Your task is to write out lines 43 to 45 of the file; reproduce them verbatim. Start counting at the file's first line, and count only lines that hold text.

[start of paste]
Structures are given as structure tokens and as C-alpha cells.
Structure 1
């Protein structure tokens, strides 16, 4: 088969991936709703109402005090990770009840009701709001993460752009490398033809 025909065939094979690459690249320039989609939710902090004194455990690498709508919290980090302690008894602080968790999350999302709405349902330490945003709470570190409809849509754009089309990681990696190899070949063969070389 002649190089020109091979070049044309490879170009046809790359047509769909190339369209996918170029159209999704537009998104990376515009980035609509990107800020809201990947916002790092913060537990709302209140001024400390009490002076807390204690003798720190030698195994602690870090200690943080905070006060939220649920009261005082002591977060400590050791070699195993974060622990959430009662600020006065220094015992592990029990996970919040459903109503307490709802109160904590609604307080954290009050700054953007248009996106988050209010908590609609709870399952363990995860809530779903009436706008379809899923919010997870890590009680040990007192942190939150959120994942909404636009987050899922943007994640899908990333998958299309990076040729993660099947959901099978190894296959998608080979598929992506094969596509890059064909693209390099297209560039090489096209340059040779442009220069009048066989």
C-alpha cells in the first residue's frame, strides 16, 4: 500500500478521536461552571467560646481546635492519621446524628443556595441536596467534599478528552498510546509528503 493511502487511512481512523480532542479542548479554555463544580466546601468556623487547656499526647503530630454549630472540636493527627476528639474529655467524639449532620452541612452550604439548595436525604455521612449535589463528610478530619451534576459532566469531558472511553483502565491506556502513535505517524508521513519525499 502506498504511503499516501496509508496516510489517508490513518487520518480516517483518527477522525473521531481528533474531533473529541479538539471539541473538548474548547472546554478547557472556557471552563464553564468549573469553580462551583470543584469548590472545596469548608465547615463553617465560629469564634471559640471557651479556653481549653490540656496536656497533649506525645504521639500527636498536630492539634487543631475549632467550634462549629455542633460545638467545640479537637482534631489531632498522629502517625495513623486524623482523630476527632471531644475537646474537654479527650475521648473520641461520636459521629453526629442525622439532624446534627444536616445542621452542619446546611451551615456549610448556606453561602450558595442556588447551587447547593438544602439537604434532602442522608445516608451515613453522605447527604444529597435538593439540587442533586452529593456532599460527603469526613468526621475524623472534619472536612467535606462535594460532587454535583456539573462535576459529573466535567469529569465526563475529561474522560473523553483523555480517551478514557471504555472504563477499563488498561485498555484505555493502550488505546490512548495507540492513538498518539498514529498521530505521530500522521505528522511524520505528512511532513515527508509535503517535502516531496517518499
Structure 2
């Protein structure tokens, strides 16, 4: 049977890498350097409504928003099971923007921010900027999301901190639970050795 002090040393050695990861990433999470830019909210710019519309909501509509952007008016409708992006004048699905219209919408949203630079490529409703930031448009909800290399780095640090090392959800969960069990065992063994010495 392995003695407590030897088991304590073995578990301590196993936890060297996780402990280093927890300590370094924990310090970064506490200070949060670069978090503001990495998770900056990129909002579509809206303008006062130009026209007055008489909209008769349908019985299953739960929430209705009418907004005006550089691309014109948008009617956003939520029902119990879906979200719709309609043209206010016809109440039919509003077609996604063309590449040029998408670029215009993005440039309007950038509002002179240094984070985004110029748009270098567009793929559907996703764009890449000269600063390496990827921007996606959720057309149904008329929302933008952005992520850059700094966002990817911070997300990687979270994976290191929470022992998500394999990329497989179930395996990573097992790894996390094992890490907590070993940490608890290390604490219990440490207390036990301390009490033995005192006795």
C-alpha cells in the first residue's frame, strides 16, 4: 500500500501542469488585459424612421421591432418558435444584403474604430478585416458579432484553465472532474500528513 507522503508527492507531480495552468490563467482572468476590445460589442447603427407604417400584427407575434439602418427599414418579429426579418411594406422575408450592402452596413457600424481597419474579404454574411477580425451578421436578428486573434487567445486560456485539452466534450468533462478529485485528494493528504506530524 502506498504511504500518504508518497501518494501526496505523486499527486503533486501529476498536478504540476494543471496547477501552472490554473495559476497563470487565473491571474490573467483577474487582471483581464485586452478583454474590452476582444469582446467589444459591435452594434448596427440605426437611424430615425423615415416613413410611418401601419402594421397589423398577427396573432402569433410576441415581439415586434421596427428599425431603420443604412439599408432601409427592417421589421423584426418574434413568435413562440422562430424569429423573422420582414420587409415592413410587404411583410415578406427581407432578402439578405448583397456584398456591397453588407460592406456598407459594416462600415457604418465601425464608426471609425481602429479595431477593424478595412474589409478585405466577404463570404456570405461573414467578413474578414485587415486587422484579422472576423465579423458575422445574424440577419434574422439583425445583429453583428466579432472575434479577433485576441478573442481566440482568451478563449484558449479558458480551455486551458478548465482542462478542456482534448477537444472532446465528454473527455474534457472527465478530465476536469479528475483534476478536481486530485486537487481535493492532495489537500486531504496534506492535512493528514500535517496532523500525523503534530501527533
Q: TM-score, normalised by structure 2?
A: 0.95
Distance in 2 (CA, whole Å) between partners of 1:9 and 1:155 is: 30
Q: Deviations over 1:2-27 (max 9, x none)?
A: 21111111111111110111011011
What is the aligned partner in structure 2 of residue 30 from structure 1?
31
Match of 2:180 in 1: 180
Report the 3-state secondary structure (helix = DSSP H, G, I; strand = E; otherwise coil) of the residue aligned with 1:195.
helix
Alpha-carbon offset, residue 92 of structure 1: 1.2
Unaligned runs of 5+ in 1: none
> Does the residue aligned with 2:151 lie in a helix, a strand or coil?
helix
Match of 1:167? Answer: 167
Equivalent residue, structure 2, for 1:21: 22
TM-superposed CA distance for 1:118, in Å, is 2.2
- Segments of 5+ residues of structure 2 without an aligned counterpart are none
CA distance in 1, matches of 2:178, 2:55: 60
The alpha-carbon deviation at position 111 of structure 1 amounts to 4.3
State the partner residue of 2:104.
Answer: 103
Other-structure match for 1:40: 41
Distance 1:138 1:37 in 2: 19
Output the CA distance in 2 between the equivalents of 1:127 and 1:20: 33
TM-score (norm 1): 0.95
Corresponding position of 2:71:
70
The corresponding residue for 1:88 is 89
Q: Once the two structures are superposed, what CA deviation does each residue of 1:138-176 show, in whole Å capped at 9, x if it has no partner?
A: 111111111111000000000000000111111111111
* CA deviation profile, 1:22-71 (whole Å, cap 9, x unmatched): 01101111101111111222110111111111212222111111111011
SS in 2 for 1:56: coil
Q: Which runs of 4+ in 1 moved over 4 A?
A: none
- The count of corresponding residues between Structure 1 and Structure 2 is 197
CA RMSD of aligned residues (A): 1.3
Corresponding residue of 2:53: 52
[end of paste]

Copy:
- The count of corresponding residues between Structure 1 and Structure 2 is 197
CA RMSD of aligned residues (A): 1.3
Corresponding residue of 2:53: 52